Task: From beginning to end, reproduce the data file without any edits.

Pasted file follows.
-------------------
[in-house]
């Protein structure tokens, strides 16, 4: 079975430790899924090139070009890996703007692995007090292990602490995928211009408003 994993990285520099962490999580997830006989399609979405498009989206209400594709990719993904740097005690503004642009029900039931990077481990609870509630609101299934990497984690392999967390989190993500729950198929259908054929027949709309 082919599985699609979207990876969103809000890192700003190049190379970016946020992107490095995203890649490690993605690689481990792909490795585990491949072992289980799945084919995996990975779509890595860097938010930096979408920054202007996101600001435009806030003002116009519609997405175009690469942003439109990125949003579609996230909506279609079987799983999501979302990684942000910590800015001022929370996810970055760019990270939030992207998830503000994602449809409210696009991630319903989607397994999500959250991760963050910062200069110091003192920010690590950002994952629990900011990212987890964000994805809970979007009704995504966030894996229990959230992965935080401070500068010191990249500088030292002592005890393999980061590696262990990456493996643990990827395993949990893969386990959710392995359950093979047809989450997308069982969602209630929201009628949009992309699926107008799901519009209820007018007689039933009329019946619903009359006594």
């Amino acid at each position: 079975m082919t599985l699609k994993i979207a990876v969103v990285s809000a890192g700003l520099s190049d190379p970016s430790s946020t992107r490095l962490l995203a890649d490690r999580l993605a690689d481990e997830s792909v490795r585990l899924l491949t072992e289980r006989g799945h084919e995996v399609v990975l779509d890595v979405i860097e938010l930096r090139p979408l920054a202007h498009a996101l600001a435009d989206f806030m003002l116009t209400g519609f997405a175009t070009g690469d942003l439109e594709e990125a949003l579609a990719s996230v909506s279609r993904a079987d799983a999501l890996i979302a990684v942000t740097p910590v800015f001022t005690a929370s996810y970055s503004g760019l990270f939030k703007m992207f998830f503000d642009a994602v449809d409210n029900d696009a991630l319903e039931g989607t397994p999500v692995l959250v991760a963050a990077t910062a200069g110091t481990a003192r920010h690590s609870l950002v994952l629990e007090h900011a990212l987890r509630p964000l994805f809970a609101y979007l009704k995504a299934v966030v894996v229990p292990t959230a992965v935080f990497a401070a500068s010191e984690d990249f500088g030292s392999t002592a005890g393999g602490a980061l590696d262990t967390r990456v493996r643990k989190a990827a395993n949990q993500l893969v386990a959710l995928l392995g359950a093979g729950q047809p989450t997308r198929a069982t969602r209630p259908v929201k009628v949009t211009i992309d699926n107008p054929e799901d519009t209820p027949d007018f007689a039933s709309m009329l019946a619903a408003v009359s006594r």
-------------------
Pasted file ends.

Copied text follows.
[in-house]
């Protein structure tokens, strides 16, 4: 079975430790899924090139070009890996703007692995007090292990602490995928211009408003 994993990285520099962490999580997830006989399609979405498009989206209400594709990719993904740097005690503004642009029900039931990077481990609870509630609101299934990497984690392999967390989190993500729950198929259908054929027949709309 082919599985699609979207990876969103809000890192700003190049190379970016946020992107490095995203890649490690993605690689481990792909490795585990491949072992289980799945084919995996990975779509890595860097938010930096979408920054202007996101600001435009806030003002116009519609997405175009690469942003439109990125949003579609996230909506279609079987799983999501979302990684942000910590800015001022929370996810970055760019990270939030992207998830503000994602449809409210696009991630319903989607397994999500959250991760963050910062200069110091003192920010690590950002994952629990900011990212987890964000994805809970979007009704995504966030894996229990959230992965935080401070500068010191990249500088030292002592005890393999980061590696262990990456493996643990990827395993949990893969386990959710392995359950093979047809989450997308069982969602209630929201009628949009992309699926107008799901519009209820007018007689039933009329019946619903009359006594």
């Amino acid at each position: 079975m082919t599985l699609k994993i979207a990876v969103v990285s809000a890192g700003l520099s190049d190379p970016s430790s946020t992107r490095l962490l995203a890649d490690r999580l993605a690689d481990e997830s792909v490795r585990l899924l491949t072992e289980r006989g799945h084919e995996v399609v990975l779509d890595v979405i860097e938010l930096r090139p979408l920054a202007h498009a996101l600001a435009d989206f806030m003002l116009t209400g519609f997405a175009t070009g690469d942003l439109e594709e990125a949003l579609a990719s996230v909506s279609r993904a079987d799983a999501l890996i979302a990684v942000t740097p910590v800015f001022t005690a929370s996810y970055s503004g760019l990270f939030k703007m992207f998830f503000d642009a994602v449809d409210n029900d696009a991630l319903e039931g989607t397994p999500v692995l959250v991760a963050a990077t910062a200069g110091t481990a003192r920010h690590s609870l950002v994952l629990e007090h900011a990212l987890r509630p964000l994805f809970a609101y979007l009704k995504a299934v966030v894996v229990p292990t959230a992965v935080f990497a401070a500068s010191e984690d990249f500088g030292s392999t002592a005890g393999g602490a980061l590696d262990t967390r990456v493996r643990k989190a990827a395993n949990q993500l893969v386990a959710l995928l392995g359950a093979g729950q047809p989450t997308r198929a069982t969602r209630p259908v929201k009628v949009t211009i992309d699926n107008p054929e799901d519009t209820p027949d007018f007689a039933s709309m009329l019946a619903a408003v009359s006594r």